The link below, and perhaps more importantly, the links referenced, provide an up to date review of the literature on the long held wish of the academic community to define and parameterise models (ahem) that describe 'herding'. There is enough in there, in my opinion, for one to finally say "it's a bunch of non predictive claptrap" or "huh!, I might test that":

Herd Behavior in Financial Markets:

Over the last twenty-five years, there has been a lot of interest in herd behavior in financial markets—that is, a trader's decision to disregard her private information to follow the behavior of the crowd. A large theoretical literature has identified abstract mechanisms through which herding can arise, even in a world where people are fully rational. Until now, however, the empirical work on herding has been completely disconnected from this theoretical analysis; it simply looked for statistical evidence of trade clustering and, when that evidence was present, interpreted the clustering as herd behavior. However, since decision clustering may be the result of something other than herding—such as the common reaction to public announcements—the existing empirical literature cannot distinguish "spurious" herding from "true" herd behavior. 

In this post, we describe a novel approach to measuring herding in financial markets, which we employed in a recently published paper. We develop a theoretical model of herd behavior that, in contrast to the existing theoretical literature, can be brought to the data, and we show how to estimate it using financial markets transaction data. The estimation strategy allows us to distinguish "real" herding from "spurious herding," or the simple clustering of trading behavior. Our approach allows researchers to gauge the importance of herding in a financial market and to assess the inefficiency in the process of price discovery that herding causes.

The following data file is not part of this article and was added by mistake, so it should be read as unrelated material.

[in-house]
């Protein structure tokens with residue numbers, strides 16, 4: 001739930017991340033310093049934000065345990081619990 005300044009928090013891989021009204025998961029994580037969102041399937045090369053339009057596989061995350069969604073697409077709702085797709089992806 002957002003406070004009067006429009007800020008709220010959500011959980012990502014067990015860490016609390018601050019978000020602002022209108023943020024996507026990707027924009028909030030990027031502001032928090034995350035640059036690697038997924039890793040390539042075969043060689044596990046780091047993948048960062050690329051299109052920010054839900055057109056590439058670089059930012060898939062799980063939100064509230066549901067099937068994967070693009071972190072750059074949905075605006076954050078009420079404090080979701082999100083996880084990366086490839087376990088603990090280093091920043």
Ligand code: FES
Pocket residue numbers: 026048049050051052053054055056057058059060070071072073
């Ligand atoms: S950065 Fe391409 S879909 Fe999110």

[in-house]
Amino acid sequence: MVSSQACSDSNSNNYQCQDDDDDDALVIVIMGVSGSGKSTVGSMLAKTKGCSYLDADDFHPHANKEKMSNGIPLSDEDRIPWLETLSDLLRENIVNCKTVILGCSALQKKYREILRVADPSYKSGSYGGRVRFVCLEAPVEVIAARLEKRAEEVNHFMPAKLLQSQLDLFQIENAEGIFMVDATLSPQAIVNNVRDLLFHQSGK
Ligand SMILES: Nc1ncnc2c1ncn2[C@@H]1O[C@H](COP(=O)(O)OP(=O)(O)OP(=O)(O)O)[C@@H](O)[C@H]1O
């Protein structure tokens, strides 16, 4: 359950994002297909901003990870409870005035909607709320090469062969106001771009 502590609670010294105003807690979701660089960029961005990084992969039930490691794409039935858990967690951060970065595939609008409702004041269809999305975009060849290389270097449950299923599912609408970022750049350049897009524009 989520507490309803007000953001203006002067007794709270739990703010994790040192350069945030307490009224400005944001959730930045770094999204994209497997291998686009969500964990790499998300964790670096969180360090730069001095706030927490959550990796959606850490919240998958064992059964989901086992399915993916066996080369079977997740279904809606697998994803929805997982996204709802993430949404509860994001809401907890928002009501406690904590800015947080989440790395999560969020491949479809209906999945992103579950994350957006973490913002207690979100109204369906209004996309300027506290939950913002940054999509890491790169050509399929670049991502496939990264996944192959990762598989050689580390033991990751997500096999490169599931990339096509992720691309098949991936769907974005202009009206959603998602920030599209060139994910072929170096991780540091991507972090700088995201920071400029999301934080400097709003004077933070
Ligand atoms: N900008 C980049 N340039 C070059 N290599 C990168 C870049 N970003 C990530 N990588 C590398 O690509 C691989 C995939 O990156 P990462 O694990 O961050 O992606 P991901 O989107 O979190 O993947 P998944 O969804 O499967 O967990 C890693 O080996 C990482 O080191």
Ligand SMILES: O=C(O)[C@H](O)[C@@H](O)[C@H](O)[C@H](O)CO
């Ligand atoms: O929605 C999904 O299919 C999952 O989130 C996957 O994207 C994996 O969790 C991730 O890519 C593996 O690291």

Link Here.





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2 Comments so far

  1. Andre Wallin on March 12, 2015 11:17 am

    “Spend some of your time every day in hunting your weaknesses caught from commerce with the herd, as methodically, solemnly and vindictively as a monkey his fleas. You will find yourself swarming with them while you are surrounded by humanity. But you must not bring them up on the mountain… Do not play with political notions, aristocratisms or the reverse, for that is a compromise with the herd. Do not allow yourself to imagine a fine herd though still a herd. There is no fine herd. The cattle that call themselves ‘gentlemen’ you will observe to be a little cleaner. It is merely cunning and produced by a product called soap…” Windham Lewis

  2. daniel watkins on March 14, 2015 4:06 am

    A Real Time Test: Herding and Speculation

    This is one of my favorite pictures; it is relevant right now, too! Awareness of “herding” is very important to trading. Here is a test:

    A flash flood has been predicted for 3/18/15.

    Over the last few weeks - and especially over the last few days - we have seen the herd bunching up on the riverbank. It sees clouds in the distance and hears thunder and sees lightening. It wonders if a flash flood is coming just as it crosses the river and heads for the lush grasses of the Masai Mara.

    That flash floor prediction is all about the anxiety over whether “patient” will be removed from the FOMC statement. Believe me, please: Folks who listen to market “weather” forecasts every day are taking this possibility seriously and believe it could wash them away and suddenly drown them.

    Why get into the river when there might be a flash flood? Why not wait on the banks? That is exactly what is happening now. The world money herd is bunching up. It is showing up in price (charts) and in sentiment studies.

    These dire forecasts are overblown, if true at all. The test will come starting as early as Monday.

    Next week the herd will start crossing as it must. Equity markets will rise. Other gnus will see it is safe; they will follow in a stampede. The rally will be impressive.

    All this I offer as a real time test of herding and its relevance to speculation.


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